To further determine the expression of Prdm1 within TECs, we analyzed thymi from a reporter mouse line that expressed membrane-localized GFP (mGFP) driven by Prdm1 promoter (36). Immunofluorescence staining of adult thymi from the Prdm1-mGFP reporter line with Abs against K5, or involucrin, revealed expression of GFP in a subset of TECs (Fig. 2F, ,2G);2G); both K5+ and involucrin+ cells expressing mGFP were identified (54).
To explore whether Prdm1 was expressed in human TECs, we immunostained sections of human thymus with Abs against PRDM1. PRDM1+ nuclei were identified in human Hassall’s corpuscles (Fig. 2H, arrows) (55) with a comparable staining pattern to that seen within human epidermis used as the staining control (Fig. 2I) (27). Together, these data are consistent with the expression of Prdm1 in K5+ cells in mouse thymus, within Hassall’s corpuscles in mouse and human thymus, and suggest that Prdm1 is expressed in mature mTECs.
Given the autoimmune pathology in Prdm1 cKOK14 mice, the expression of Prdm1 in TECs, and the Cre activity in K14-Cre mice, we hypothesized that Prdm1 may regulate TEC development or function. To identify whether TECs developed normally in Prdm1 cKOK14 mice, we analyzed control and Prdm1 cKOK14 TECs by flow cytometry for the expression of EPCAM1, Ly51, CD80, and MHCII to examine TEC maturation (42, 53) (Fig. 3A). cTECs (EPCAM1+ Ly51hi), immature mTECs (EPCAM1+ Ly51lo MHCIIlo CD80lo), and mature mTECs (EPCAM1+ Ly51lo MHCIIhi CD80hi) were present in Prdm1 cKOK14 at similar cell numbers compared with littermate control mice (Fig. 3B–D). Similarly, thymi from Prdm1 cKOFoxN1 mice and control mice displayed similar numbers of cTEC and mTEC populations (Supplemental Fig. 2F–I). Crucially, the levels of MHCII expression were comparable between control and Prdm1 cKOK14 mTECs (Fig. 3A, ,3E,3E, ,3F).3F). Furthermore, the gross thymic architecture was unaltered in the absence of Prdm1 (Fig. 3E).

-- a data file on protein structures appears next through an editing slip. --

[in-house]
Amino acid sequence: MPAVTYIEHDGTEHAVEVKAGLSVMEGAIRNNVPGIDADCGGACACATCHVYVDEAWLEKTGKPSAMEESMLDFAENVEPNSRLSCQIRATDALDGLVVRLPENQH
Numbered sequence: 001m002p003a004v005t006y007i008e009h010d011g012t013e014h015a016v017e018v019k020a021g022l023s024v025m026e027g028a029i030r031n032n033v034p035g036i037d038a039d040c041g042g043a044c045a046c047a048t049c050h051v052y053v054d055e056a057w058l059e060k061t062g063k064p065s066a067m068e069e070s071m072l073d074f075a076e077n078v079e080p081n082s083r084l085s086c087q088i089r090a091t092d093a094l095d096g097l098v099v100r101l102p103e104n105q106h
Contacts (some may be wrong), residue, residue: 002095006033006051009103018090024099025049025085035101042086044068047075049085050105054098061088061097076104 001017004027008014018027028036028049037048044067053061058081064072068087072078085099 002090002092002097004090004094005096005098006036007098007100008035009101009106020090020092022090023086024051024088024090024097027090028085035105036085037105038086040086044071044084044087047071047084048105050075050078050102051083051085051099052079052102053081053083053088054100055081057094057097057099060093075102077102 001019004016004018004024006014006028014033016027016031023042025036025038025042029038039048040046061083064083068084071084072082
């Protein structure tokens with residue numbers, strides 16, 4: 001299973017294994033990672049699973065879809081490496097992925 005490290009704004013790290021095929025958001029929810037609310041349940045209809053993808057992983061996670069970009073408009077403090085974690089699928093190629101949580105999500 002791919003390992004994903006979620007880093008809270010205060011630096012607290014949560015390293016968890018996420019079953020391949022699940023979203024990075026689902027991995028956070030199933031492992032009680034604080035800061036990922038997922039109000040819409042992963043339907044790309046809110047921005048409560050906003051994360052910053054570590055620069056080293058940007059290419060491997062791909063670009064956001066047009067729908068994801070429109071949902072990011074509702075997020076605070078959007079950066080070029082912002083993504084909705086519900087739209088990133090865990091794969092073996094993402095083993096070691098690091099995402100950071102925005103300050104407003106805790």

To further confirm that development of the mTEC compartment was normal in the absence of Prdm1, we investigated Aire expression in Prdm1 cKOK14 mice. Similar numbers of K5+, Aire+ cells were present in sections of Prdm1 cKOK14 thymi compared with littermate controls (Fig. 3G, ,3H).3H). In addition, the level of Aire mRNA expression was comparable between littermate control and Prdm1 cKOK14 mice mTECs (Fig. 3I).
To investigate whether T cell development was impaired in the absence of Prdm1, we isolated thymocytes from control and Prdm1 cKOK14 mice or Prdm1 cKOFoxN1 mice, stained them for CD4, CD8, and TCRβ, and analyzed them by flow cytometry. Both control and Prdm1 cKOK14 mice displayed typical CD4 and CD8 profiles (Fig. 3J) and cell numbers (Fig. 3K), suggesting T cell development was not grossly impaired in these mice. In addition, TCRβ expression in CD4+ and CD8+ T cells from Prdm1 cKOK14 mice was as seen in control mice (Fig. 3L), suggesting normal TCR expression. Normal T cell development also occurred in Prdm1 cKOFoxN1 mice (Supplemental Fig. 2J–L).
Tregs develop within the thymus and require mTECs (4, 56–58). To define whether the loss of epithelial Prdm1 expression resulted in Treg developmental defects, we isolated thymocytes from control, Prdm1 cKOK14, and Prdm1 cKOFoxN1 mice, stained them for CD44, CD25, CD4, and Foxp3, and analyzed them by flow cytometry (Fig. 4). Tregs (CD4+, CD44+, CD25+, Foxp3+) were present in similar numbers in thymi from control, Prdm1 cKOK14, and Prdm1 cKOFoxN1 mice (Fig. 4A, ,4B).4B). In addition, the levels of CD25 and Foxp3 were comparable among control, Prdm1 cKOK14, and Prdm1 cKOFoxN1 Tregs, suggesting normal development of this population. Importantly, Tregs were also identified within peripheral lymphoid tissues of Prdm1 cKOK14, Prdm1 cKOFoxN1, and control mice (Fig. 4C, ,4D).4D). Taken together, these data suggest that in the absence of Prdm1, the thymic epithelium develops normally and is able to support a normal T cell developmental program including Tregs.